This presentation is useful for thinking about the difference between collaborative and co-operative learning. My interest in social media for learning, studio-based learning, and hybrid learning centres on how people work and learn together. They often return to ‘working alongside’ (co-operation) and purposefully working together (collaboration). It comes down to goals ultimately and the meaning of an association to those involved in it.
These distinctions help us to think about learning design and learner motivation in active learning.
Daniel Bassill presents a more global view as he discusses examples of horizontal and vertical networks, but I think the ideas help to clarify associative networks working in a more granular way too. It should be noted that the idea presents a binary. As is usually (always?) the case, binary presentations are useful for presenting ideas conceptually but, in reality, practice tends to exist on a continuum.
As I understand it, the unifying factor of a horizontal network is its common interest. The network becomes visible in an event or a place. People network around a topic, but are not focused on a specific goal. Horizontal networks consist of people who have different personal or organisational agendas, so there is sometimes verticality nested within the horizontal. In a horizontal network there may be vertical groupings, for example made up of people from a single organisation who attend a conference with the aim of learning something that will help them achieve their project by drawing upon ideas or experience from across a broader horizontal network. A special interest group is a good example of this where people may represent organisations and be involved in leading an organisational change, but they come together giving their respective work a common validity and accommodating serendipity, and sharing specific successes, and comparing different experiences.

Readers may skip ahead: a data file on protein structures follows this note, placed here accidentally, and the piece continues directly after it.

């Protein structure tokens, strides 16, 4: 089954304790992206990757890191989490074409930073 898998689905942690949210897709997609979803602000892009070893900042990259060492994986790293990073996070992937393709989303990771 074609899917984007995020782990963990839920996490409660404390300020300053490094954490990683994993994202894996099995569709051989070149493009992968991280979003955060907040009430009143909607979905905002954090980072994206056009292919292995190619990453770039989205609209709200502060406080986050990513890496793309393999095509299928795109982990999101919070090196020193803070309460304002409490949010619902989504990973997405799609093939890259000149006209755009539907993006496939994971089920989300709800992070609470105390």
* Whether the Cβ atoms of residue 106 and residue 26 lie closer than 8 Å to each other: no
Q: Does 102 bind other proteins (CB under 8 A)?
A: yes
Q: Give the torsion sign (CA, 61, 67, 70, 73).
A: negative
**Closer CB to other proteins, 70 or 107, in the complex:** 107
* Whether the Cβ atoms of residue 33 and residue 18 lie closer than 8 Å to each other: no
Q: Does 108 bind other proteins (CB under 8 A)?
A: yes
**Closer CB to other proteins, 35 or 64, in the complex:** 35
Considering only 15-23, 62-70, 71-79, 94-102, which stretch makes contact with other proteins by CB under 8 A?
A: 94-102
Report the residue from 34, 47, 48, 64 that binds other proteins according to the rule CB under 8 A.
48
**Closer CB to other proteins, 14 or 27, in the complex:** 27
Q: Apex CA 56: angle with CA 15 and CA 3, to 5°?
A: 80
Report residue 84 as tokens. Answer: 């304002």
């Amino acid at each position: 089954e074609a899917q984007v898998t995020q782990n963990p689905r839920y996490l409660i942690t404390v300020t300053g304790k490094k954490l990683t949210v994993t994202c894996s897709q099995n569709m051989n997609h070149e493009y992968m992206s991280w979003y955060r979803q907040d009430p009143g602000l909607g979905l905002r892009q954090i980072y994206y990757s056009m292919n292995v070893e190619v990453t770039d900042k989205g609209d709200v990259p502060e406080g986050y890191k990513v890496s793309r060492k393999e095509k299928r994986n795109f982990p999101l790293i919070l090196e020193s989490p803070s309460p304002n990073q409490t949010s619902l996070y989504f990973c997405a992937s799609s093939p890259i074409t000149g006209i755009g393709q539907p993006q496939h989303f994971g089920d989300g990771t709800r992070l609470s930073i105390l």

In teaching and learning, people create a sense of place by being together and sharing ideas and commitment. A learning studio exemplifies this idea of learning alongside each other as co-operators. The art student’s goal is their picture, but their co-presence alongside their peers reinforces their cultural identity and personal motivation.
In a vertical network the unifying factor is a vision, shared purpose, or goal. People work together on a common problem towards a single solution in joint enterprise.
In such networks people are interested in the overarching topic and in applying ideas and knowledge as a collaboration for making a better world.
In teaching and learning, students enact vertical learning in group work, for example in project-based learning, problem-based learning, or team-based learning assignments. They collaborate to make a collective object (e.g. report, presentation, prototype).
Crossing the boundaries – benchmarking
As noted, the convergence of the horizontal is interesting from a learning and teaching perspective. This is seen in acts of discussion and presentation for example, where one group asks another for feedback or where a ‘show and tell’ or ‘crit’ activity is used. Such connecting activities affect the motivation and reflective thinking of students as they compare their own ideas to those of their peers.
This crossing of the horizontal and vertical space should result in a race to the top in which competition finds spaces within a co-operative space.